edited by Merton Sandler, Michel Ferrari, and Sara Harnett, 323 pp, with illus, $93, New York, NY, Cambridge University Press, 1996.
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This volume records the proceedings of the Migraine Research Symposium held in Malaga, Spain, in May 1995. The participants were the leading migraine authorities in the basic sciences relevant to migraine—for the most part European. There are 22 chapters, each summarizing a body of work relevant to pathogenesis of migraine and each followed by open informal discussion with a question and answer format. Presentations are on a high level; this was a meeting of research workers, and there was no attempt to summarize background knowledge for those comparatively unfamiliar with the field. Conversely, the volume provides a superb up-to-the-minute coverage of the certainties and, more important, the uncertainties on a wide variety of subjects in pharmacology and physiology. The topics covered include the nature of receptor genes of possible importance in migraine and the possible role of nitric oxide, neurotropins, and perivascular peptides in migraine pathogenesis. There is, of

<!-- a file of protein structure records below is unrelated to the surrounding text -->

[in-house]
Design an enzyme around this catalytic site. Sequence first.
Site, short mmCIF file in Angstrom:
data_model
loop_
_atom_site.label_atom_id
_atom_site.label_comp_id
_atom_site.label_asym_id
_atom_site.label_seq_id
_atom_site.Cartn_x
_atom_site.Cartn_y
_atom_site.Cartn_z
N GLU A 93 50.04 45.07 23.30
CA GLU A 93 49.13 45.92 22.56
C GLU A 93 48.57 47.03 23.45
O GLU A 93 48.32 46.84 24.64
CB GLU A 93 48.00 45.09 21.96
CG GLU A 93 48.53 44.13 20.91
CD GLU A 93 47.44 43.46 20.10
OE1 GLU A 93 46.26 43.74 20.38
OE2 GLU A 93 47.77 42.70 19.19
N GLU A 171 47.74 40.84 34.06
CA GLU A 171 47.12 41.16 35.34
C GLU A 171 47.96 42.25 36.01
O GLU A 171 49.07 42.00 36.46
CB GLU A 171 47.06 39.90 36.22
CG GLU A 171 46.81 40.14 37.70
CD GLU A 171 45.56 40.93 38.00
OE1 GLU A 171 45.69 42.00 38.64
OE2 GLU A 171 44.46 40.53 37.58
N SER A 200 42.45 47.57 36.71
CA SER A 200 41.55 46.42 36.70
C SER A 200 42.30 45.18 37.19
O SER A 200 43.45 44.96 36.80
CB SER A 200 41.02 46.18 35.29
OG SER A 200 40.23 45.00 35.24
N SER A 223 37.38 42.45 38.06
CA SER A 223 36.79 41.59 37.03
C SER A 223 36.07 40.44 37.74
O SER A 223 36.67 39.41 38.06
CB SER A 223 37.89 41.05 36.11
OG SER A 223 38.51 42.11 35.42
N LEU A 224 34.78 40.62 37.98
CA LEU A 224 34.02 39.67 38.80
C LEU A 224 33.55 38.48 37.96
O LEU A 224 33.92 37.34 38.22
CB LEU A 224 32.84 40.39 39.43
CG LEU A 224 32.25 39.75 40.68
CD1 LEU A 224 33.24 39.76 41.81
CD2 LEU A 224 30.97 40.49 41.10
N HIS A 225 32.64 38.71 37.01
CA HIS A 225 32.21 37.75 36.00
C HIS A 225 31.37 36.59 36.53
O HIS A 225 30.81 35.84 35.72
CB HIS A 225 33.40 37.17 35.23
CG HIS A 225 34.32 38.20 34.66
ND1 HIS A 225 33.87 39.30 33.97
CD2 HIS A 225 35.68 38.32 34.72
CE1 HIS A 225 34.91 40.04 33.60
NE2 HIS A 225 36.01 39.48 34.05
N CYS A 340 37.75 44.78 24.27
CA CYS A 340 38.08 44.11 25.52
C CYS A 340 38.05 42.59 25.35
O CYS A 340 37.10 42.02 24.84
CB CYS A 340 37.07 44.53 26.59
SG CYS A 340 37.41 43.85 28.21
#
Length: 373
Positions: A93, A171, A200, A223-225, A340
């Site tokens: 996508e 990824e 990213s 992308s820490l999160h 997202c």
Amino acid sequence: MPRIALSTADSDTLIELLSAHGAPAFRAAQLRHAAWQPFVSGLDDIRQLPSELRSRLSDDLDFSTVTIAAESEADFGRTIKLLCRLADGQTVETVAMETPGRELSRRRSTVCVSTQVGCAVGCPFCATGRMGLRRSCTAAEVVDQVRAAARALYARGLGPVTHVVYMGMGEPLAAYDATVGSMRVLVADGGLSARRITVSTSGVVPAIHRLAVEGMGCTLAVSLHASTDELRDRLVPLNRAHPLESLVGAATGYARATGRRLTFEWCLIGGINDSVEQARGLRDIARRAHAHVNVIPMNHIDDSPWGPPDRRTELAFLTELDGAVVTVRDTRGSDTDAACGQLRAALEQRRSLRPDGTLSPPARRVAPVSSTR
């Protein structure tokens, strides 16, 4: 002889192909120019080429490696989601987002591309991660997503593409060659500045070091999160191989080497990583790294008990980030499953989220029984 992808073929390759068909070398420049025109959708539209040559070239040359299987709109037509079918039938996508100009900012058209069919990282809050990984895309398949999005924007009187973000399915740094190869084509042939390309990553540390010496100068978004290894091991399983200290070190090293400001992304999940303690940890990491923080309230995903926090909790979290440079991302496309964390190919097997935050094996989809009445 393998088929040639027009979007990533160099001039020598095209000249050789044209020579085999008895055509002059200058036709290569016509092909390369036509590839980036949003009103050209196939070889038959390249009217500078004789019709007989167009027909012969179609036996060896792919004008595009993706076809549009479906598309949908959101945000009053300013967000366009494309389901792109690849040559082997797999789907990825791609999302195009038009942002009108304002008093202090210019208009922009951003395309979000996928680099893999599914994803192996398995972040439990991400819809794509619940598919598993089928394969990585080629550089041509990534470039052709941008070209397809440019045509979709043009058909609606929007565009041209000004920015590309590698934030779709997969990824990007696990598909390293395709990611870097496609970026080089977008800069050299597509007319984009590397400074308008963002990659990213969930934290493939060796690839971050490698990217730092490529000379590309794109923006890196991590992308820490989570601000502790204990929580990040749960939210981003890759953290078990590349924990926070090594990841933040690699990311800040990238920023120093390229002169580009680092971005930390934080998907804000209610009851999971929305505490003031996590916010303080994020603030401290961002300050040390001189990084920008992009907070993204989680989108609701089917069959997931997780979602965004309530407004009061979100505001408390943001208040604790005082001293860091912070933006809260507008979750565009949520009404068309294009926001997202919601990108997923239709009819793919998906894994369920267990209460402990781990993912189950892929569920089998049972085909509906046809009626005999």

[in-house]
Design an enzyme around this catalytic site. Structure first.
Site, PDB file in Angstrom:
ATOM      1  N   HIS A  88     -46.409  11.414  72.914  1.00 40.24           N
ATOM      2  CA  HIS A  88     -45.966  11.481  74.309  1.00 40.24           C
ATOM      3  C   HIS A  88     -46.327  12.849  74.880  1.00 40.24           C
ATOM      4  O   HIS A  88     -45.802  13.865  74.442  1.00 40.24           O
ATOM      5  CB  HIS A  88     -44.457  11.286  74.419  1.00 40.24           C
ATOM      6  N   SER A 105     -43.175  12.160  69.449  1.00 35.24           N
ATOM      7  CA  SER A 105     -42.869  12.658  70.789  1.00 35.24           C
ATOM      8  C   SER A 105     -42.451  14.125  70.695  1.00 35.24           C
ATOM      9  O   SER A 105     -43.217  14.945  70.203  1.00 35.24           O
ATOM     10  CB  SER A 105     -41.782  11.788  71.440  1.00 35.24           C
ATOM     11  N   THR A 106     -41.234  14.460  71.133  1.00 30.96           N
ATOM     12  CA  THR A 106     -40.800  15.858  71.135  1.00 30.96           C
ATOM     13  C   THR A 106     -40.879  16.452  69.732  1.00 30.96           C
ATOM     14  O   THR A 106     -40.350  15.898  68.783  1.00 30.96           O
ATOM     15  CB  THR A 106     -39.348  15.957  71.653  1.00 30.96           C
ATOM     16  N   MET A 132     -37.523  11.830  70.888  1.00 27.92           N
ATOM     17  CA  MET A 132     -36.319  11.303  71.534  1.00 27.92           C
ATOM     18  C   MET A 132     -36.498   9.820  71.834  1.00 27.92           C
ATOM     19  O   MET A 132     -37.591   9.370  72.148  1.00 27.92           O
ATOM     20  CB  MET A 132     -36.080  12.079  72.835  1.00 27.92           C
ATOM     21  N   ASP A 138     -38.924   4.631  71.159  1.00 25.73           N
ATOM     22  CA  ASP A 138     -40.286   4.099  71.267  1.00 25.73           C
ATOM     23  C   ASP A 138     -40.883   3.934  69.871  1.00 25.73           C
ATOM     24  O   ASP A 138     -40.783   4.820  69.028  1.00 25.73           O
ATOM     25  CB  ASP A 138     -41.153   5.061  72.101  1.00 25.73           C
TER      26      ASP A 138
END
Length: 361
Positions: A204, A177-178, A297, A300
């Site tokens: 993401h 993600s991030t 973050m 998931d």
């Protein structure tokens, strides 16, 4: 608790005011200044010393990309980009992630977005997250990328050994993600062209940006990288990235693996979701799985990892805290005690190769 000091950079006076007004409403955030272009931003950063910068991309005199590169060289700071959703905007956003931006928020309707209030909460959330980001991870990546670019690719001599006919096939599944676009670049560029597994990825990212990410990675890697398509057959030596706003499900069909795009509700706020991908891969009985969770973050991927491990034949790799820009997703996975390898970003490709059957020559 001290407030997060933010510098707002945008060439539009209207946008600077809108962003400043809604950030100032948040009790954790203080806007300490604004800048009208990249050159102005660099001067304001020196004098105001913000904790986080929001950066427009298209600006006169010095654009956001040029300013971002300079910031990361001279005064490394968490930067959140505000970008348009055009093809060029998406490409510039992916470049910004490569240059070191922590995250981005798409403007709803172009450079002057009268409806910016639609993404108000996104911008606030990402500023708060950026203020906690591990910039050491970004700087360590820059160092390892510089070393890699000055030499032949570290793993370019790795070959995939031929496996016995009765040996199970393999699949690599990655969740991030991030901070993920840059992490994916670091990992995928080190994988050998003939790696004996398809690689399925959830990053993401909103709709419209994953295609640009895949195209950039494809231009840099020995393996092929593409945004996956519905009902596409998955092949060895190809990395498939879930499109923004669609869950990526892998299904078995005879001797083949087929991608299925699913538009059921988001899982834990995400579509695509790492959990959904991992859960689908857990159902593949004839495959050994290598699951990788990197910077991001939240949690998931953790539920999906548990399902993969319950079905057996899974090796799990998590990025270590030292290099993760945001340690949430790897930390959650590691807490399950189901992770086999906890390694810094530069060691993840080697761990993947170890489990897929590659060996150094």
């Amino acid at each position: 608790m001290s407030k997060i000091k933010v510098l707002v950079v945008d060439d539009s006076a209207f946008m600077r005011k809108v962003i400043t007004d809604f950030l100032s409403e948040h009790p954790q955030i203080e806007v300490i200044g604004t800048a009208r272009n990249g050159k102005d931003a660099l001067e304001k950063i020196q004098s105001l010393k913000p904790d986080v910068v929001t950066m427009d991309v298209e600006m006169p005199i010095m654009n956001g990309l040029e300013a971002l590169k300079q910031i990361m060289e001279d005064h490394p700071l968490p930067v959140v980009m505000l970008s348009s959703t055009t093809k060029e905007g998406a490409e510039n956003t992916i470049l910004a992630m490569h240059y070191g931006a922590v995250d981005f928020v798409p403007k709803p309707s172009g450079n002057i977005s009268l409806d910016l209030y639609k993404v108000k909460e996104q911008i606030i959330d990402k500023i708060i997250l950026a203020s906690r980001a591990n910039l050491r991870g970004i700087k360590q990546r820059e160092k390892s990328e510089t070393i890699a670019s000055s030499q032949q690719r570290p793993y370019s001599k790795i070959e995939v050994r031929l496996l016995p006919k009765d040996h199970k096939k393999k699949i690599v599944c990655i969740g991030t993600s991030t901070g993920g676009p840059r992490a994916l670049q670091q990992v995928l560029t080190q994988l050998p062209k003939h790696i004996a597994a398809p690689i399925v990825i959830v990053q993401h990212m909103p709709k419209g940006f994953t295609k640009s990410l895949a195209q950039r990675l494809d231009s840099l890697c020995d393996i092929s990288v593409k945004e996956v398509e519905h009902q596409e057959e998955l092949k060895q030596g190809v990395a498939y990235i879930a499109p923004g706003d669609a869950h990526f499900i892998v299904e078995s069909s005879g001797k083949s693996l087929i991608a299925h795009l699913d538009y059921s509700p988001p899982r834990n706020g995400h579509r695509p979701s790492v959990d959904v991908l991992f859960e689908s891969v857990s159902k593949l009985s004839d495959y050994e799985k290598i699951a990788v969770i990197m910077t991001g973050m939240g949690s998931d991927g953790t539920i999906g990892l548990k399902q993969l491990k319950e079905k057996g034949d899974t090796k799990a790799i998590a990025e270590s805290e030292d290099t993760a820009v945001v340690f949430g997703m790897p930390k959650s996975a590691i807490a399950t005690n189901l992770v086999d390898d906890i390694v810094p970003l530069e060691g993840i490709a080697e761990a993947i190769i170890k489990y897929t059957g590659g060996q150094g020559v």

Ziegler DK. Migraine Pharmacology and Genetics. Arch Neurol. 1997;54(5):523. doi:10.1001/archneur.1997.00550170011007